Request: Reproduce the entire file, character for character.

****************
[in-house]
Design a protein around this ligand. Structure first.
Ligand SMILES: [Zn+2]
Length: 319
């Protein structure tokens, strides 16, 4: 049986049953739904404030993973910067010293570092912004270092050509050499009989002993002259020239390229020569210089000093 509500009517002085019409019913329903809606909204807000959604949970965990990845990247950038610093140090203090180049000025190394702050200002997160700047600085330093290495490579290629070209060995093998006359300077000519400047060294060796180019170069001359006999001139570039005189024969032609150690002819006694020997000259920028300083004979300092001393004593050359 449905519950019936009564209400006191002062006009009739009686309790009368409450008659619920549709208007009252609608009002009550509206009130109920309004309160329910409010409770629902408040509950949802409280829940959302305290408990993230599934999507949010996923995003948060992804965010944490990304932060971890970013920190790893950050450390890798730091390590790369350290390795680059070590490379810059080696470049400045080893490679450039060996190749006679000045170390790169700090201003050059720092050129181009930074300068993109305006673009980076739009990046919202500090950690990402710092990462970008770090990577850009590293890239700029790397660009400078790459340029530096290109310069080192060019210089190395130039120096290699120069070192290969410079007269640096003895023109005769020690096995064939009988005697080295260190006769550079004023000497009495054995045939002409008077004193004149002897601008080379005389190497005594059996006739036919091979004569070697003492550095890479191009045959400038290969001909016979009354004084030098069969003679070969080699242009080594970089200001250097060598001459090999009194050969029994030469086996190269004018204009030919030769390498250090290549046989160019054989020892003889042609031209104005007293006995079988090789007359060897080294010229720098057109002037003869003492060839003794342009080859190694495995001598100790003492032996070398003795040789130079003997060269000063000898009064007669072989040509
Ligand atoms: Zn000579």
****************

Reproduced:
[in-house]
Design a protein around this ligand. Structure first.
Ligand SMILES: [Zn+2]
Length: 319
């Protein structure tokens, strides 16, 4: 049986049953739904404030993973910067010293570092912004270092050509050499009989002993002259020239390229020569210089000093 509500009517002085019409019913329903809606909204807000959604949970965990990845990247950038610093140090203090180049000025190394702050200002997160700047600085330093290495490579290629070209060995093998006359300077000519400047060294060796180019170069001359006999001139570039005189024969032609150690002819006694020997000259920028300083004979300092001393004593050359 449905519950019936009564209400006191002062006009009739009686309790009368409450008659619920549709208007009252609608009002009550509206009130109920309004309160329910409010409770629902408040509950949802409280829940959302305290408990993230599934999507949010996923995003948060992804965010944490990304932060971890970013920190790893950050450390890798730091390590790369350290390795680059070590490379810059080696470049400045080893490679450039060996190749006679000045170390790169700090201003050059720092050129181009930074300068993109305006673009980076739009990046919202500090950690990402710092990462970008770090990577850009590293890239700029790397660009400078790459340029530096290109310069080192060019210089190395130039120096290699120069070192290969410079007269640096003895023109005769020690096995064939009988005697080295260190006769550079004023000497009495054995045939002409008077004193004149002897601008080379005389190497005594059996006739036919091979004569070697003492550095890479191009045959400038290969001909016979009354004084030098069969003679070969080699242009080594970089200001250097060598001459090999009194050969029994030469086996190269004018204009030919030769390498250090290549046989160019054989020892003889042609031209104005007293006995079988090789007359060897080294010229720098057109002037003869003492060839003794342009080859190694495995001598100790003492032996070398003795040789130079003997060269000063000898009064007669072989040509
Ligand atoms: Zn000579």